Protect your online privacy
Asynchronous communication tools typically come in web apps or downloadable software, so you must make sure that you protect your privacy while working online. Some of the best ways to protect your data while using asynchronous apps include:
- Using two-factor authentication methods
- Regularly purging unused apps and browser extensions
- Asking apps not to track your data
- Using a secure VPN
- Encrypting important data
- Updating your software as soon as updates become available
Decide what’s urgent and what isn’t
One of the pitfalls of asynchronous communication is that it can sometimes feel like you are “always on.” To combat the impulse to respond to each message immediately, set your work notifications to go off only during certain hours of the day unless something is particularly urgent.
What is urgent from a customer’s perspective? It’s important to identify value based on our customers’ needs and develop processes around them. I could go on and on about the Lean methodology and cutting waste, but that’s for another time. Check customer reviews and ask for feedback to identify what your customers need. Then adapt that into your communication management strategy.
It’s easy to distinguish between urgent messages and things that can wait until business hours by setting up different Teams or channels in Slack with varying notification settings. For example, one channel may be for daily business conversations that only notifies you of messages from 8 am to 6 pm. Another channel can be for messages that necessitate an immediate response and will notify you anytime.
Separating urgent messages will allow your mind the space to focus on what is important at the moment. Whether that is work, spending time with family, or getting some quiet time.
Set and enforce strict deadlines
While asynchronous communication can help boost productivity across timelines, it can also have the opposite effect. I’ve had experiences where it seemed that some individuals used asynchronicity as an excuse to delay work or respond after it was too late. My advice is to set expectations early to hold teams accountable and enforce firm deadlines to keep projects on time.
Be clear and concise
One of the most difficult things for me to learn about asynchronous communication is that longwindedness does not equal clarity. In fact, in my experience, the more I write, the less my teams retain. To better communicate with my teams, I had to learn to be clear and concise in messaging. This way, my employees clearly understand their expectations without confusion or wasted time reading my long emails.
Asynchronous communication often brings to light concerns for entrepreneurs about payroll and how to accept payments across numerous timelines, organizations, clients, and businesses. The key to operating multiple companies, juggling global clients, and predicting cash flow is to automate wherever possible.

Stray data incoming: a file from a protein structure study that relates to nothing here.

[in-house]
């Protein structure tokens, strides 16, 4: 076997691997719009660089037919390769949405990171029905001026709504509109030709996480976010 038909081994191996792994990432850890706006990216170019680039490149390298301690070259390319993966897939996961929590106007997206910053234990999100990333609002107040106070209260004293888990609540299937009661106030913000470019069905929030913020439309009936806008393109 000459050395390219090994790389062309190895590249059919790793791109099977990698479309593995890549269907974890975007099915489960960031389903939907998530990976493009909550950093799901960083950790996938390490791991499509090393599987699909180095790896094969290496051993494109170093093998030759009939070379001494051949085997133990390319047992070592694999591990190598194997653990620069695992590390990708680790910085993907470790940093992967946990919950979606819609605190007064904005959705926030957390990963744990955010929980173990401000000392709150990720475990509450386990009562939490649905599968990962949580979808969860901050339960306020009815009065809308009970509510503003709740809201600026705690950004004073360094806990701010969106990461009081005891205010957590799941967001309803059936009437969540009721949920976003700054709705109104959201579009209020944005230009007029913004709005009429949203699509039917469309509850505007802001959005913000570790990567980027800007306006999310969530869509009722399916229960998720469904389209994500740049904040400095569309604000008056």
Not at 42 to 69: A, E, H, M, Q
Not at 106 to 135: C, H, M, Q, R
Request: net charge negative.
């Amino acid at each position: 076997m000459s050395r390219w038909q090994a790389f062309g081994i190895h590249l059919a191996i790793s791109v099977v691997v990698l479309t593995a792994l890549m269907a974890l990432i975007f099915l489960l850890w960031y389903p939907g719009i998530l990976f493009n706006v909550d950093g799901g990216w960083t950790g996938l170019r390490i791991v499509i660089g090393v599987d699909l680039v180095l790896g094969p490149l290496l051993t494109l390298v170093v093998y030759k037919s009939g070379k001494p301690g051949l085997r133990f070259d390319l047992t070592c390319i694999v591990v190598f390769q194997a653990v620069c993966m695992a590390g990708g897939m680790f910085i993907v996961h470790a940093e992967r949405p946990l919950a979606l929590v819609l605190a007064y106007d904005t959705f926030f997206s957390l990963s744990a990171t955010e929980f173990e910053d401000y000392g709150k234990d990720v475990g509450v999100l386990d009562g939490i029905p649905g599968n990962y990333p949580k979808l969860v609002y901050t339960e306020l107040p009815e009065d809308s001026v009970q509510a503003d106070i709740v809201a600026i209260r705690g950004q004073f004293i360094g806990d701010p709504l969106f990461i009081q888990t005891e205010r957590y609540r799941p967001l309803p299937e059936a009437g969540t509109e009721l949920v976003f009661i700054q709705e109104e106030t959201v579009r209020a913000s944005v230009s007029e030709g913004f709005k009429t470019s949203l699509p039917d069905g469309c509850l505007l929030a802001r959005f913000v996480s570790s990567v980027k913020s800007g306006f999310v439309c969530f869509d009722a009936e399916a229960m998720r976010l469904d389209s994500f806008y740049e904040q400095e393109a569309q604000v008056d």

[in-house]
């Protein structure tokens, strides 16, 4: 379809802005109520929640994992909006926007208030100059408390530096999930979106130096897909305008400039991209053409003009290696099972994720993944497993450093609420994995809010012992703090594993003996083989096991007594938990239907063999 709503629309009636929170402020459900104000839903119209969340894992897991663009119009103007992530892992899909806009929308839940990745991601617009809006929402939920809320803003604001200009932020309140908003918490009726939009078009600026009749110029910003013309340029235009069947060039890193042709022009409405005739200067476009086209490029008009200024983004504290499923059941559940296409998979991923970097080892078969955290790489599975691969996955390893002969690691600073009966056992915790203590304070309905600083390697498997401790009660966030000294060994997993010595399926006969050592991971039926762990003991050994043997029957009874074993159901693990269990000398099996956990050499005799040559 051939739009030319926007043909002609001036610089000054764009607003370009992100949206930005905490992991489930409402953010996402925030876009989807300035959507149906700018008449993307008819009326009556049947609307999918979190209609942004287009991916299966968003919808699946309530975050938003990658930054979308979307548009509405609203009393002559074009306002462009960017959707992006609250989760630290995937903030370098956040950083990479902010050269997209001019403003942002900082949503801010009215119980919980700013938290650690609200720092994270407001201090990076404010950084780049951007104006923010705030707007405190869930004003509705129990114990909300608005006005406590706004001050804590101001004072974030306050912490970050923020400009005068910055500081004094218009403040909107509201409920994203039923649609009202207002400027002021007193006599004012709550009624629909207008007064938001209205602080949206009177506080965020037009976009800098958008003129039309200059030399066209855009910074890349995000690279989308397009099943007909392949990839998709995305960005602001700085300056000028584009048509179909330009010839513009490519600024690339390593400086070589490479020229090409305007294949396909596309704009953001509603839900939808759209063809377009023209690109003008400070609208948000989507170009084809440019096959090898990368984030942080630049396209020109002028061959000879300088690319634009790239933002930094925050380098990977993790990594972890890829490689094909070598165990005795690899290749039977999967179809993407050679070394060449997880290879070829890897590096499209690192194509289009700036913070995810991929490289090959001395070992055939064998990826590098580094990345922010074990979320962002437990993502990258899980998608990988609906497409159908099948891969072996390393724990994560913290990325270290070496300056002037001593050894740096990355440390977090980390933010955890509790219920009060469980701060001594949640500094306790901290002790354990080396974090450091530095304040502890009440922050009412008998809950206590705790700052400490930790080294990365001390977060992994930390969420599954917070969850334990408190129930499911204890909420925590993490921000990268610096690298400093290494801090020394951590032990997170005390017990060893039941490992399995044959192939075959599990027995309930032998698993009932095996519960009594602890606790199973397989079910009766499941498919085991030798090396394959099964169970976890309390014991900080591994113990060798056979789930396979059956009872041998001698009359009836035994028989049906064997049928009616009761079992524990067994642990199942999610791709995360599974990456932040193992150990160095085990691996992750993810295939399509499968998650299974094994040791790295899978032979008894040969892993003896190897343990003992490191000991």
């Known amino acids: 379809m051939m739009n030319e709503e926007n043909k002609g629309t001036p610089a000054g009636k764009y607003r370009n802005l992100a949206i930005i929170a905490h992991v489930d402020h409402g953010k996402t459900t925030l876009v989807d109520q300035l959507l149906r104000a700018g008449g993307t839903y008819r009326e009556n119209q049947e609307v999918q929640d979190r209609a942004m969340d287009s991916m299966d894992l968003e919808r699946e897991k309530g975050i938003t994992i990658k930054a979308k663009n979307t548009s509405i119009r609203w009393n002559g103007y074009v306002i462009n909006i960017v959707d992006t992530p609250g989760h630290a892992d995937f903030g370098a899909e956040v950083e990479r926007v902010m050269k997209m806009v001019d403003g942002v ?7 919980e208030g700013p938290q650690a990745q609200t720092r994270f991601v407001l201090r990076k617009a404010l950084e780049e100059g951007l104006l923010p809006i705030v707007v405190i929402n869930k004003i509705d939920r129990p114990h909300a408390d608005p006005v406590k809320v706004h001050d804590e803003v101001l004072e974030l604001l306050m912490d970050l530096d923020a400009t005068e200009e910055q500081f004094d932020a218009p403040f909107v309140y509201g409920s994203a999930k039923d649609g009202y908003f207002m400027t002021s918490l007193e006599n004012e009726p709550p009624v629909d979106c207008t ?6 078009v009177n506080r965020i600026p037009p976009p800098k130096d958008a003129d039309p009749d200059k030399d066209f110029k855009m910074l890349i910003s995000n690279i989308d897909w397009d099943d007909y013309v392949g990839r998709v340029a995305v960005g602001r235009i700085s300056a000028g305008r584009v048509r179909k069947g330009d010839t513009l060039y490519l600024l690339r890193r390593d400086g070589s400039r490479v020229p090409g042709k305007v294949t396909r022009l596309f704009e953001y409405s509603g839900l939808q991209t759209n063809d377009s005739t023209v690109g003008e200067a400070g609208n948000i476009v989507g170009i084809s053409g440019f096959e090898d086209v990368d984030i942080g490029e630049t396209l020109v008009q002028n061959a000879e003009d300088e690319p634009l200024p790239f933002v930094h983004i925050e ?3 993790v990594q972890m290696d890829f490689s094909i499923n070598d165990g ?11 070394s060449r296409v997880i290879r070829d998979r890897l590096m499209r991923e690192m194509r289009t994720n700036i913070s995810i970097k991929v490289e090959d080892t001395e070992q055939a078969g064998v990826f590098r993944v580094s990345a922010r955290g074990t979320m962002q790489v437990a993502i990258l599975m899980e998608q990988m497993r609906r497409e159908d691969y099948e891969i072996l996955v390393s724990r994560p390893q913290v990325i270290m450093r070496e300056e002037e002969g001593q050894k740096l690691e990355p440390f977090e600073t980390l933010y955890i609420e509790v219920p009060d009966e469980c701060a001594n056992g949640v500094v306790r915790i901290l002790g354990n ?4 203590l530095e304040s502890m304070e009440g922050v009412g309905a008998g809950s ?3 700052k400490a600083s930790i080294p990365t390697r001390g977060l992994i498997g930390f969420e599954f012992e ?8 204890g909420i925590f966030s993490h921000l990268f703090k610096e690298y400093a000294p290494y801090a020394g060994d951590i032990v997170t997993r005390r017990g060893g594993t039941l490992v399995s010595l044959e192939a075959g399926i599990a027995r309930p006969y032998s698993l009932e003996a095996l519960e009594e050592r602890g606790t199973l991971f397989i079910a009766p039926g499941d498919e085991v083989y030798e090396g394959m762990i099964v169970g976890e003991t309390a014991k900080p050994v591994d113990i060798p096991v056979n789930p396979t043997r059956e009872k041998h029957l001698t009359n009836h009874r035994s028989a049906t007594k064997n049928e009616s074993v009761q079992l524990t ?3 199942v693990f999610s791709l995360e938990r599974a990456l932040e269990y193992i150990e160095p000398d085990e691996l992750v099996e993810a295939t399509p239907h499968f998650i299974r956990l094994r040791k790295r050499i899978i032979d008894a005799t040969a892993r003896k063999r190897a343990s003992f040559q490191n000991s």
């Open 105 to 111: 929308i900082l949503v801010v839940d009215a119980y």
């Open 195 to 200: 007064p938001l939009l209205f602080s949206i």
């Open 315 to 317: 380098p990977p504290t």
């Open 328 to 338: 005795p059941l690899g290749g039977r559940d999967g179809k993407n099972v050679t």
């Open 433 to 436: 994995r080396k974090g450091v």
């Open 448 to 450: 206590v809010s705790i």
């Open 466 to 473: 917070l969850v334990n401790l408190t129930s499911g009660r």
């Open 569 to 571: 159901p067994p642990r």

Start by automating payments so that teams can communicate less about getting paid. Most automated payment software gives your teams control over how and when they get paid and keeps them up to date on the status of their payments. Since they know that their payments will be generated and sent to them automatically at an expected time and date, there’s no need to ask the boss where the checks are.
Finally, to avoid the neverending back and forth about project elements, deadlines, and any messages involved, entrepreneurs should keep notes as organized and accessible as possible. Instead of leaving the project details or task assignments in communication feeds, use a shared digital whiteboard, project management software, or company-wide note-taking app.
Choosing asynchronous communication tools over real-time meetings has changed how my teams operate for the better. Without the need to contact my employees in real-time, they are noticeably more productive and cheery in disposition, and I find myself with more free time to work on passion projects than I ever had before.
I’ve also noticed a culture shift in my community of entrepreneurs that asynchronous communication has helped create. As more of my mentors and colleagues embrace asynchronous communication, I’ve seen them talking more about traveling, their families, and other hobbies instead of committing their time 100% to work-related activities. All while remaining productive and profitable.
What does the future of communication hold? I can’t say for sure, but I know that as long as my teams embrace asynchronous practices, we will be prepared for whatever the world throws us next.